Former Chilean Secret Police Chief Blames CIA for 1974 Murders
[CHILE] General Manuel Contreras, the former chief of Chile’s feared secret police, said the CIA is to blame for the assassination of General Carlos Prats. At the time, Prats was the biggest enemy of General Augusto Pinochet, who proceeded him as head of Chile’s army. Contreras is serving combined sentences of 100 years for murders and kidnappings that took place while Pinochet headed the army. [AP]
No Oil Drilling in Ecuadorian Amazon Reserve
[ECUADOR] Ecuador decided the value of an Amazon Reserve was worth more than the oil money it would receive, and ruled against drilling in the area. It is estimated there are 846 million barrels of crude oil under the reserve, which is home to several indigenous tribes, as well as tons of flora and fauna. Under Ecuador’s new agreement with the UN, the reserve will remain untapped for at least 10 years. [V!VA]
[MEXICO] Mayan Indians in the Mexican state of Yucatan have signed a petition calling for the removal of two life-sized bronze statues from the state capital. The statues were erected in June in honor of the conquistador Francisco de Montejo and his son. In the mid-16th century, both Montejo and his son were responsible for many vicious battles and the deaths of thousands of indigenous during their quest for control of the area. The local council agreed to consider the petition on Wednesday which was signed by over 100 Mayan groups and many more individual Yucatan citizens. Over the years, Mexicans have avoided any attempt to praise or commemorate those that invaded the country and statues in their honor are rare. [AP]
Every Friday, Viva Travel Guides combs the presses to round up the most relevant and recent Latin America news stories. Here are the Latin American news stories our office talked about during the week of July 24th to July 29th. For more up-to-the minute news, follow us on Twitter!
Cristina Calcieta’s mystery has been solved. Photo courtesy AFP.
34 Years Later, Argentine Students Crack Murder Mystery
[ARGENTINA] The families of a young couple who disappeared in 1976 can finally lay the remains of their loved ones to rest after their bodies were identified by a group of students and community members in the small town of Melincue. The students linked the timing of the couple’s disappearance with a discovery of two brutalized bodies a rural farmer had made in 1976, and DNA tests proved their suspicions. Under the Argentine military dictatorship that ruled at the time, tens of thousands of suspected left-wing activists were murdered or disappeared. [AP]
Other South American Countries Attempt to Diffuse Venezuela/Columbia Feud
[COLOMBIA / VENEZUELA] After Venezuelan President Hugo Chavez severed ties with Colombia last Thursday, South American foreign ministers failed to bring the two countries back together at a meeting in Quito, Ecuador Thursday. Brazil President Lula da Silva plans to speak with Chavez on August 6th. Venezuela and Colombia have a long history of mixed feeling toward each other, and on Thursday Colombia accused Venezuela of harboring around 1,500 leftist guerrillas and closed the consulate. [Colombia Reports / Reuters]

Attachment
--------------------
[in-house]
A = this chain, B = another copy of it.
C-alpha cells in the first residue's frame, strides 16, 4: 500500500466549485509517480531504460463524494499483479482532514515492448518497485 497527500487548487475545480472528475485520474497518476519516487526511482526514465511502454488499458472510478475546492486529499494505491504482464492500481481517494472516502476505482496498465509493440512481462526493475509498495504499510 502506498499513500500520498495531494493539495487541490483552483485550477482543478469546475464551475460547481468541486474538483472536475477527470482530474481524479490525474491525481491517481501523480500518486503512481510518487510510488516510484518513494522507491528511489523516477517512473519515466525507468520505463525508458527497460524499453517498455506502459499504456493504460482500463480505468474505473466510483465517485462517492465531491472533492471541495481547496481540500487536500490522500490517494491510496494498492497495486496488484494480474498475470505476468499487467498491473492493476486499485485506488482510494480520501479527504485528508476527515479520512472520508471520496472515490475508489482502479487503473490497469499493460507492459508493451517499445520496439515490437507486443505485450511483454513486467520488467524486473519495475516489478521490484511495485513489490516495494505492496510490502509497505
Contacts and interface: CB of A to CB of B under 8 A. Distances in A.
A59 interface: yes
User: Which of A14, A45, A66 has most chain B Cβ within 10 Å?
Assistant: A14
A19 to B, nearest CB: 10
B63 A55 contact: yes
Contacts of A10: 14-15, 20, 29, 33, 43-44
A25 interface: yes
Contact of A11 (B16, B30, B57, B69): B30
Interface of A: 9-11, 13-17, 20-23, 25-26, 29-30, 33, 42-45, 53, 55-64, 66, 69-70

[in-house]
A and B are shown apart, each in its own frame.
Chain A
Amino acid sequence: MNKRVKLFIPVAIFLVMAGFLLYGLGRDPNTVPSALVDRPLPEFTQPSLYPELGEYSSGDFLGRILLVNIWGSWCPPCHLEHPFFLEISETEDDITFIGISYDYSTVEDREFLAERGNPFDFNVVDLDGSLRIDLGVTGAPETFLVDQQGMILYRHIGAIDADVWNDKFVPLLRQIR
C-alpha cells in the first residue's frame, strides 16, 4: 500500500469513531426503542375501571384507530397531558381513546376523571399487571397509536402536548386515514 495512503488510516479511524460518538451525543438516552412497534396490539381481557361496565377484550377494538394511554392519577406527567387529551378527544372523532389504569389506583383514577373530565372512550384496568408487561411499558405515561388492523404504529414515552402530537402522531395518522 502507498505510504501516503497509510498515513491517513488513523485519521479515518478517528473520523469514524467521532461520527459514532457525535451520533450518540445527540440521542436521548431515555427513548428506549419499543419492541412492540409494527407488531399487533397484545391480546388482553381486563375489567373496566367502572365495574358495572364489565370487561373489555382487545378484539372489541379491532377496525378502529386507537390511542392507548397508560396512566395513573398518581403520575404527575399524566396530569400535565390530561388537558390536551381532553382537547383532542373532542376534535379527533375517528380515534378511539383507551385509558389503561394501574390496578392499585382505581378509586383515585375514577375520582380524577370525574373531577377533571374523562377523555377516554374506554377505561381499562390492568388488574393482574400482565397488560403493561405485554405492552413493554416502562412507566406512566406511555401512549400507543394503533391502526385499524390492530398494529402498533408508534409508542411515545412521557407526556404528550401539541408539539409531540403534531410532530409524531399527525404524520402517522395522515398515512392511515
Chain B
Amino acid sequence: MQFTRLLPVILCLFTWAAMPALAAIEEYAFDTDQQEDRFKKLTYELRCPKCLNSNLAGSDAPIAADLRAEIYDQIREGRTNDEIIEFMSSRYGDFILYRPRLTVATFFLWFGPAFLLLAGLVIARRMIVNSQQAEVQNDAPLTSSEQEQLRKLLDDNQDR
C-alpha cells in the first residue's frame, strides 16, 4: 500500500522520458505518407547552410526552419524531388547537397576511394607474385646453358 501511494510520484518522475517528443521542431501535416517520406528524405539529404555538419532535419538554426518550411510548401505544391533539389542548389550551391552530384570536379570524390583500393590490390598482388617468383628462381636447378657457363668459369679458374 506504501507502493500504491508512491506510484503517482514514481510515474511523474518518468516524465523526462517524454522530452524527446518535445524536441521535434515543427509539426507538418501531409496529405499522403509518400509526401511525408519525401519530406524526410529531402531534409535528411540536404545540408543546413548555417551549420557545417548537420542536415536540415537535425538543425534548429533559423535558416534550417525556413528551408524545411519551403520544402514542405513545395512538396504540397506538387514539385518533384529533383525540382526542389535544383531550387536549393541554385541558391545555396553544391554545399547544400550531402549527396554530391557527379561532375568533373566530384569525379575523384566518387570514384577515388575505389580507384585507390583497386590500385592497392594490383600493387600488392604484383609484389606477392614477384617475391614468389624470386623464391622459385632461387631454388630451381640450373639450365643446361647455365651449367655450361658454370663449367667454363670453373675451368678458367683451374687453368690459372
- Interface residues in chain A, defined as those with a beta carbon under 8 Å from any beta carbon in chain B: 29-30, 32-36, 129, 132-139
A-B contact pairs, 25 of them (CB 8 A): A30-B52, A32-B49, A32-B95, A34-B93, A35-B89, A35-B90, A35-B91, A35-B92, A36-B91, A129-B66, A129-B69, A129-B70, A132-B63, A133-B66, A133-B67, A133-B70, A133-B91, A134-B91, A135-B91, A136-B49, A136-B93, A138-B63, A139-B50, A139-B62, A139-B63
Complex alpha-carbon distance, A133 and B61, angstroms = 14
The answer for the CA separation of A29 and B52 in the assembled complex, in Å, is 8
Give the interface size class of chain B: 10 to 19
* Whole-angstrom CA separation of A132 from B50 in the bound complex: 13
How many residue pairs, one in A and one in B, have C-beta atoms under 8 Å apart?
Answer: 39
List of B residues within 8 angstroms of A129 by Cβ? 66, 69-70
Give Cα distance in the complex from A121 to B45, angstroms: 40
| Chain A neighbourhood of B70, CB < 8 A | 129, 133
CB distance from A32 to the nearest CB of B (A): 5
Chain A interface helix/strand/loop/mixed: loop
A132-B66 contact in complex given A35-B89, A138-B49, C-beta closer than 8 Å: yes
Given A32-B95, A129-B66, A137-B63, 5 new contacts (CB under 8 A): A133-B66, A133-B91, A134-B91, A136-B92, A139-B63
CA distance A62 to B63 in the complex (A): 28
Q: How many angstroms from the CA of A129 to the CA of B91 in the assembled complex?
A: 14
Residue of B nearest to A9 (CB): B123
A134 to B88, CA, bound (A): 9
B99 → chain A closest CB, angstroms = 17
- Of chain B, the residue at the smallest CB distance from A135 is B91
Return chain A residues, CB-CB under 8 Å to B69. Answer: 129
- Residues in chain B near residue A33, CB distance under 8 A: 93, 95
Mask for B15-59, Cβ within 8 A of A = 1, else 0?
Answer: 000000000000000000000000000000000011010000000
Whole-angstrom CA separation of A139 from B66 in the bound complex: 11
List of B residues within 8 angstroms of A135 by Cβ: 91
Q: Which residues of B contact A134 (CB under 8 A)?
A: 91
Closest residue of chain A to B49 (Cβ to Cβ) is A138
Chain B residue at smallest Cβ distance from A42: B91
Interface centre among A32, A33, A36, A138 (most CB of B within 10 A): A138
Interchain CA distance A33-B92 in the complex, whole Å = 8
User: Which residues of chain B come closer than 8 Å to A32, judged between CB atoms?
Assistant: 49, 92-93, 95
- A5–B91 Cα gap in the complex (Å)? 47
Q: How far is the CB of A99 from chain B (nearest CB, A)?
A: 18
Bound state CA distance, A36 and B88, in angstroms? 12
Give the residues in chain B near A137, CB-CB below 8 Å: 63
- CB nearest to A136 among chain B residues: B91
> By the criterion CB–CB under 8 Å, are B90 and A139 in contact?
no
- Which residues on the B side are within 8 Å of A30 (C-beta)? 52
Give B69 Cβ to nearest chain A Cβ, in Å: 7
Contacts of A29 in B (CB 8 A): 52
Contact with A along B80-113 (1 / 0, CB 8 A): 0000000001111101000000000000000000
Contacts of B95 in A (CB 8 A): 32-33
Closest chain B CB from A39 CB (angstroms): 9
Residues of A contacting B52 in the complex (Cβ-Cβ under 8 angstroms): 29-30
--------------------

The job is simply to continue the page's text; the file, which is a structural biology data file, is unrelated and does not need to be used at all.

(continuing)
Troops Kill Mexican Drug Kingpin
[MEXICO] Soldiers gunned down Ignacio “Nacho” Coronel, a leader of the Sinaloa cartel during a raid of his hideout in the western city of Guadalajara. In an attempted to escape, Coronel fired on soldiers as helicopters hovered overhead. One soldier was killed and another wounded. “The scope of [his] influence and operations penetrate throughout the United States, Mexico, and several other European, Central American, and South American countries,” said the FBI in a statement. [AP]
Ancestors of Australian Marsupials Arrived from the Americas
[GERMANY] According to genetic research from Germany, well known Australian species such as kangaroos, possums, koalas and wombats share a common ancestor that must have traveled to the region from the Americas. “I think this is pretty strong evidence now for the hypothesis of a single migration [to Australia] and a common ancestor,” said Juergen Schmitz, of the University of Muenster research team. The DNA analysis unfortunately does not tell us when this migration to Australia occurred, but researchers speculate that it may have taken place some 30-40 million years ago. [Discovery News]
Catalan Bullfight Ban Raises Debate in Latin America
[LATIN AMERICA] After Catalonia, Spain banned bullfighting last Wednesday, many bullfighting enthusiasts and animal rights groups throughout Latin America are having heated debates about the support. The tradition of bullfighting dates back to Spanish colonization in countries like Peru, Colombia, Ecuador, Venezuela, and Mexico, which is home to the world’s largest bullring. Michel Lagravere, father of Franco-Mexican child bullfighting star Michelito, said the Catalan parliament vote was “more anti-Spanish than anti-bullfight.” [Montreal Gazette]
Diego Maradona’s Tenure Ends as Argentina’s Coach
[ARGENTINA] Diego Maradona confirmed the end of his time as Argentina’s coach on Wednesday. Maradona accused Julio Grondona, president of the Argentinian Football Association, of lying to him and Carlos Bilardo, the national team’s general manager, of betraying him. Although many are blaming Maradona for Argentina’s loss in the World Cup, Maradona pointed out: “Not since 1990 has Argentina made it past the quarter finals.” [guardian.co.uk]
Argentina and Uruguay Reach Agreement on Pollution Monitoring
[ARGENTINA / URUGUAY] An agreement has finally been reached in the 7-year dispute between Argentina and Uruguay regarding pollution of the shared Uruguay River. The controversy began when Argentina raised concerns about contamination of the river from a Finnish paper mill on the Uruguayan side. The agreement was signed at the presidential palace and calls for a joint-scientific committee to monitor and identify pollution from all farming, industrial and urban centers that spill their waste into the Uruguay River and its tributaries. Argentina hopes the agreement will please environmentalists who have been blocking a bridge linking Gualeguaychu to Fray Bentos in Uruguay for the past three years. The UPM mill was built there seven years ago despite Argentina’s objections that it would pollute the river. [Global Times]